If you’ve heard of “Heartbeats,” it’s probably because of the José González cover that a lot of people like and that I absolutely hate. It sucks every last drop of color and vitality from the original, turning it into another mopey coffee-house folk song. The greatness of the original “Heartbeats” lies in the juxtaposition between the neon bright production (the steel drums, the goofy synthesized drum rolls, the chiptune-y synth blips) and the bittersweet, yearning vocal melodies. It’s the kind of chirpy melancholy that artists like Passion Pit and CHVRCHES made popular a decade later; listening to “Heartbeats” without prior knowledge, you might mistake it for a song that came out after them.

Karin details a brief fling (“one night to be confused/one night to speed up truth”) that never becomes anything more, even though both of them clearly wish it would. The Knife were never the type for straightforward love songs (even here, the lover “knew the hand of the devil” and kept Karin awake with “wolf’s teeth”), but this is as open-hearted and welcoming as they’ve ever sounded, mourning what was lost yet celebrating what’s here now.

2. “We Share Our Mothers’ Health” (from Silent Shout)

Not everyone liked Shaking the Habitual when it first came out. While the critical response was largely positive, others saw it as a tedious, humorless exercise in freaking out the squares. I obviously disagree with that assessment, but the detractors did make a valid point: The Knife didn’t need to alienate people to get political. The Dreijer siblings had proven themselves capable of making succinct, impactful political commentary that also, you know, fucking slapped. Exhibit A: “We Share Our Mothers’ Health.”

“We Share Our Mothers’ Health” came out in 2006–the middle of Dubya’s second term, before the Great Recession–but it still feels perfectly evocative of our current times. Greed and opportunism? “What’s in it for me? Fine, then I’ll agree.” Consumerism? “Say you like it/Say you need it/When you don’t.” Looming dread? “You know what I think/End is always near.” Obliquely dealing with rampant capitalism and the climate crisis, “We Share Our Mothers’ Health” is the sound of things falling apart, the world spinning off its axis.

It’s also completely exhilarating. It starts with dizzy synth chirps that lurch to life like a malfunctioning carousel, before locking into a manic, polyrhythmic beat. A dirty bass line enters the mix, then sharp metallic pings that bounce around like a pinball. The breakdown includes groaning, pitch-shifted vocals for counterpoint, letting things settle to a simmer before it all comes to a boil again. It’s glorious mayhem, but it serves a purpose: “We Share Our Mothers’ Health” thrills us with its hall-of-mirrors sound, but only so we notice the real catastrophe waiting for us outside the club.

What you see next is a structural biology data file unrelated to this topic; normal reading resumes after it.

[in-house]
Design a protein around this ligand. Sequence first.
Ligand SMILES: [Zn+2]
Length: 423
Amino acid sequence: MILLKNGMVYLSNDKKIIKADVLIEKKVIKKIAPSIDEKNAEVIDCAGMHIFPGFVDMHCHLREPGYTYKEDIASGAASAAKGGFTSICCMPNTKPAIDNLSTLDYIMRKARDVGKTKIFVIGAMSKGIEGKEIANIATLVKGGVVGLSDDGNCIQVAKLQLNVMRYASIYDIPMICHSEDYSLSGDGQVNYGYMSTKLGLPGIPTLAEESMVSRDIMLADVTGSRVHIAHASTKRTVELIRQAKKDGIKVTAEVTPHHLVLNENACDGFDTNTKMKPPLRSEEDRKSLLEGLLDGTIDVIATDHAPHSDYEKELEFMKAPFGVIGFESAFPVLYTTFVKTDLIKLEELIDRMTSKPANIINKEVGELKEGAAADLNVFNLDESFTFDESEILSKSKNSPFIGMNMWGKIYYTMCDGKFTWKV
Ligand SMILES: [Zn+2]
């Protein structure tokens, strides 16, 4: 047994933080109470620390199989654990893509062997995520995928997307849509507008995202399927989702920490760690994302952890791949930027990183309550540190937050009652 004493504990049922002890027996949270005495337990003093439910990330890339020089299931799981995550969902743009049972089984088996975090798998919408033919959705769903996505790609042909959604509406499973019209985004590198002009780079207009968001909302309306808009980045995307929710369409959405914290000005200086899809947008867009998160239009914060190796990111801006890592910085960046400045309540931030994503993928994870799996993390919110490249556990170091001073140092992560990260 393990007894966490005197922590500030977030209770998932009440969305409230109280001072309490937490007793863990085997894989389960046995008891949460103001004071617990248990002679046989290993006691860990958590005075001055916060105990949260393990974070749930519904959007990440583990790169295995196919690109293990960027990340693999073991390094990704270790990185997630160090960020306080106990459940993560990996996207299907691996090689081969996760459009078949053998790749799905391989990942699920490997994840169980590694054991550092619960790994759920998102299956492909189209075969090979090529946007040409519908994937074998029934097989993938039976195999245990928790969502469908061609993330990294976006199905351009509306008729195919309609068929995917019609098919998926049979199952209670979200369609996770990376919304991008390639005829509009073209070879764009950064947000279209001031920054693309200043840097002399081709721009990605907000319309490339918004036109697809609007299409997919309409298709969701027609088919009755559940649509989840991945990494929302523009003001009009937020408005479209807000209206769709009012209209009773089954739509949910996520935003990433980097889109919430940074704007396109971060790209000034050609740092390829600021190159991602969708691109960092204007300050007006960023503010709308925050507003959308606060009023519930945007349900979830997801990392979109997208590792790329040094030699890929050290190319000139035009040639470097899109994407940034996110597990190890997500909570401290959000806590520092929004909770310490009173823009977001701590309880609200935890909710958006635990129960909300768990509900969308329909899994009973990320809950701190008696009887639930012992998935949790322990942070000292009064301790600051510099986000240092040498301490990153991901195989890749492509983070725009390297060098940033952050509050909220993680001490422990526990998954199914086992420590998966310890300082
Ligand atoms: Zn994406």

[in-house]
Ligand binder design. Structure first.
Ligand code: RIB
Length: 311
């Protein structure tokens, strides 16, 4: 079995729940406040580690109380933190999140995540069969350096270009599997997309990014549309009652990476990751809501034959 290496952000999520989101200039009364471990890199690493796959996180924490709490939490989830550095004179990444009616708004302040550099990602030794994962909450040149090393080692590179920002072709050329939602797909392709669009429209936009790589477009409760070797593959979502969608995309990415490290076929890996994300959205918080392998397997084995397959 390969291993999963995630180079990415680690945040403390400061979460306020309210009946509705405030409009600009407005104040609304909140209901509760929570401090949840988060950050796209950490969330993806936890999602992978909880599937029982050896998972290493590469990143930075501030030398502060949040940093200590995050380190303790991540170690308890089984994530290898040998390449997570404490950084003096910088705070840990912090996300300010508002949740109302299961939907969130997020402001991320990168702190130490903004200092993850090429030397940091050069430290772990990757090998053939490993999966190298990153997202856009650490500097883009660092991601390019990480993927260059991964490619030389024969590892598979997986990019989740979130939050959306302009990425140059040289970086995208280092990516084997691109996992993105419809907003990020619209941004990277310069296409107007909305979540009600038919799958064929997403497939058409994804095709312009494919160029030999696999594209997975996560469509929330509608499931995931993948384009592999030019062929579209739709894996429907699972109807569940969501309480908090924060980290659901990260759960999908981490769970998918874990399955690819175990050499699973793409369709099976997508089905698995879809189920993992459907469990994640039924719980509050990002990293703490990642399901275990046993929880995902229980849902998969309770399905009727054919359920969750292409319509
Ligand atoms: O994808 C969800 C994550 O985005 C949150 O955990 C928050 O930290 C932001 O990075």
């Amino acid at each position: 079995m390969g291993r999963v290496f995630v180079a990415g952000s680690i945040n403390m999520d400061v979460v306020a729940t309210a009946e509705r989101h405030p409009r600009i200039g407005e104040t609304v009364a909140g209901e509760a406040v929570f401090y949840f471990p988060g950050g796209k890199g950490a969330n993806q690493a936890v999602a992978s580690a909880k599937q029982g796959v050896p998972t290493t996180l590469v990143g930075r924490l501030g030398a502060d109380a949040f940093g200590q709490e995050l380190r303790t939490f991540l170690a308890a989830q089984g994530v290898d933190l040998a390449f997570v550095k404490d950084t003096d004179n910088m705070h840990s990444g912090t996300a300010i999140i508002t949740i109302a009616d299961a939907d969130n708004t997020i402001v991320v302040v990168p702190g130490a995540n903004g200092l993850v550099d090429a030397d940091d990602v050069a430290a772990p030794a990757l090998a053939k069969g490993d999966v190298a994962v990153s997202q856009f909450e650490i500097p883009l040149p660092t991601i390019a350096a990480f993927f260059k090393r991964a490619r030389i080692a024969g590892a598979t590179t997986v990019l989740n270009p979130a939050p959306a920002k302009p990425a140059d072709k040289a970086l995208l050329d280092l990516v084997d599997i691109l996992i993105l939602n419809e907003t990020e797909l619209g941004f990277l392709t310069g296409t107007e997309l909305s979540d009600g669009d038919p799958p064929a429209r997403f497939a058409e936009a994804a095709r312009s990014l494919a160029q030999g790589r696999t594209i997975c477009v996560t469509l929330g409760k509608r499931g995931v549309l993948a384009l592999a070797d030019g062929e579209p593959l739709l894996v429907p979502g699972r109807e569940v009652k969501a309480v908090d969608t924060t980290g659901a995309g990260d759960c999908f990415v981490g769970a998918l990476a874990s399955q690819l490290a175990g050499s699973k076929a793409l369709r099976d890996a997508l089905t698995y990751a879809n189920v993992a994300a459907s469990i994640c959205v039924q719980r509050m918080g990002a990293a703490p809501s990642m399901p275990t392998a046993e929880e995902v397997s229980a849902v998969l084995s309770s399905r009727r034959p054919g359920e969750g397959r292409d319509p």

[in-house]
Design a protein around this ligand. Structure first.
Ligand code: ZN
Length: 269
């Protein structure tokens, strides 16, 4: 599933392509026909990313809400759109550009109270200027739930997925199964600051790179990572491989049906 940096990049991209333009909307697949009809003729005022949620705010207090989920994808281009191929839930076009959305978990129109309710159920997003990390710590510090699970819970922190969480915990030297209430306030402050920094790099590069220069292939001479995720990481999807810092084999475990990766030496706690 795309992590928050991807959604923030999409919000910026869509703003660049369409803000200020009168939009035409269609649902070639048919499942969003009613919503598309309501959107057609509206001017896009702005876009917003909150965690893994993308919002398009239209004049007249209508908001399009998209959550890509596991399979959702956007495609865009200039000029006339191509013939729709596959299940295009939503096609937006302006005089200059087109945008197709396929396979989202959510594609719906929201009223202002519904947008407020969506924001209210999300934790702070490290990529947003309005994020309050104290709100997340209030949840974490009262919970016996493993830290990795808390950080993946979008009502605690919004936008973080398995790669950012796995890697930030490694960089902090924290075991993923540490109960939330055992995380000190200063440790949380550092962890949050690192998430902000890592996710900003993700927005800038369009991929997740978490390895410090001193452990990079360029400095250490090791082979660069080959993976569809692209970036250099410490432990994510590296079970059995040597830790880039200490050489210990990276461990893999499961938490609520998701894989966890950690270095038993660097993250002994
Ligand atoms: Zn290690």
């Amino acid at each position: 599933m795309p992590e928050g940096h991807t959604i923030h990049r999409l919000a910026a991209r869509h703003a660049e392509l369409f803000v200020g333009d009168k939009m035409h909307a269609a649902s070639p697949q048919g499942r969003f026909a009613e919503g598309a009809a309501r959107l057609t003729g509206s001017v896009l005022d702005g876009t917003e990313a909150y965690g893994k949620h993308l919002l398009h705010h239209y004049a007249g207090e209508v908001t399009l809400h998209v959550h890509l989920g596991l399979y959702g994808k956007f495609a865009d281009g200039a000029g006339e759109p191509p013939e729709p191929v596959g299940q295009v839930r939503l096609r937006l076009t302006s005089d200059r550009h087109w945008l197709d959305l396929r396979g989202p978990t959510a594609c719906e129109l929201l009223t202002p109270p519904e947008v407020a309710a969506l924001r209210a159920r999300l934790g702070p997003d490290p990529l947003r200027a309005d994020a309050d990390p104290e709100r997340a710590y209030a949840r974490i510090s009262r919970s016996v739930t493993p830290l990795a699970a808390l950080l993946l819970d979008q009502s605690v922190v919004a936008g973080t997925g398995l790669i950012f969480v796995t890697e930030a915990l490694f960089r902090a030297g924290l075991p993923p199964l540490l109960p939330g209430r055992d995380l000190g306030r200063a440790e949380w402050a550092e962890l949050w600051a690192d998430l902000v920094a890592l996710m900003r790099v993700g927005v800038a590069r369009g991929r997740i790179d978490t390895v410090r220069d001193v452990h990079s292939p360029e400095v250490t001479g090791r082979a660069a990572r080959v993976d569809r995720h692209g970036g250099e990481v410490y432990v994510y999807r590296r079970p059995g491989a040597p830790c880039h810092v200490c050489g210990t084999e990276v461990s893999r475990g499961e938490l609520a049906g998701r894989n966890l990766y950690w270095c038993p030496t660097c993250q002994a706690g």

1. “Silent Shout” (from Silent Shout)

It begins with three short bass pulses, repeating on loop like some distant distress beacon. The familiar, gradual build of house music has turned sinister, hissing cymbals and a four-on-the-floor thump signaling the start of some shadowy figure’s inevitable hunt. Frigid synths repeat the same figure with small variations each time, twitching and stuttering. When the voices start, they’re dual-tracked: one a near-whisper, the other a demonic growl. Whatever they’re singing about, something terrible has happened: “I never knew this could happen to me/I know now fragility.” The voices and the synths trade off before it all reaches a strobe-lit climax; the voices come back to haunt us some more, and the song fades away as mysteriously as it arrived. Welcome to Silent Shout.

Silent Shout, as well as its magnificent title track, have become hugely influential modern classics of electronic music. Salem, Gazelle Twin and Crystal Castles all walked the same forest path; artists like Purity Ring and CHVRCHES played around with lighter versions of its sound. The bright, Max Martin-ified sound of Nordic pop grew moodier and more atmospheric in response, with Lykke Li and Tove Lo dabbling in the dark arts. Even a future A-lister like The Weeknd started his career indebted to Silent Shout’s gothic murk.

We’ve long since gotten used to arty electronic albums with strange, processed vocals, but it’s worth thinking about how much of a shock Silent Shout (and “Silent Shout”) must have been at the time. Radiohead’s Kid A is the common reference for artists making eerie left turns, but Radiohead were already massively acclaimed; and while it didn’t seem that way at the time, the paranoid, dystopian Kid A was a natural follow-up to the paranoid, dystopian OK Computer. The Knife were fairly obscure outside of their home country, only achieving some indie acclaim with “Heartbeats,” and three years later they came back with this. Things changed immediately; we caught a glimpse, and it haunts us.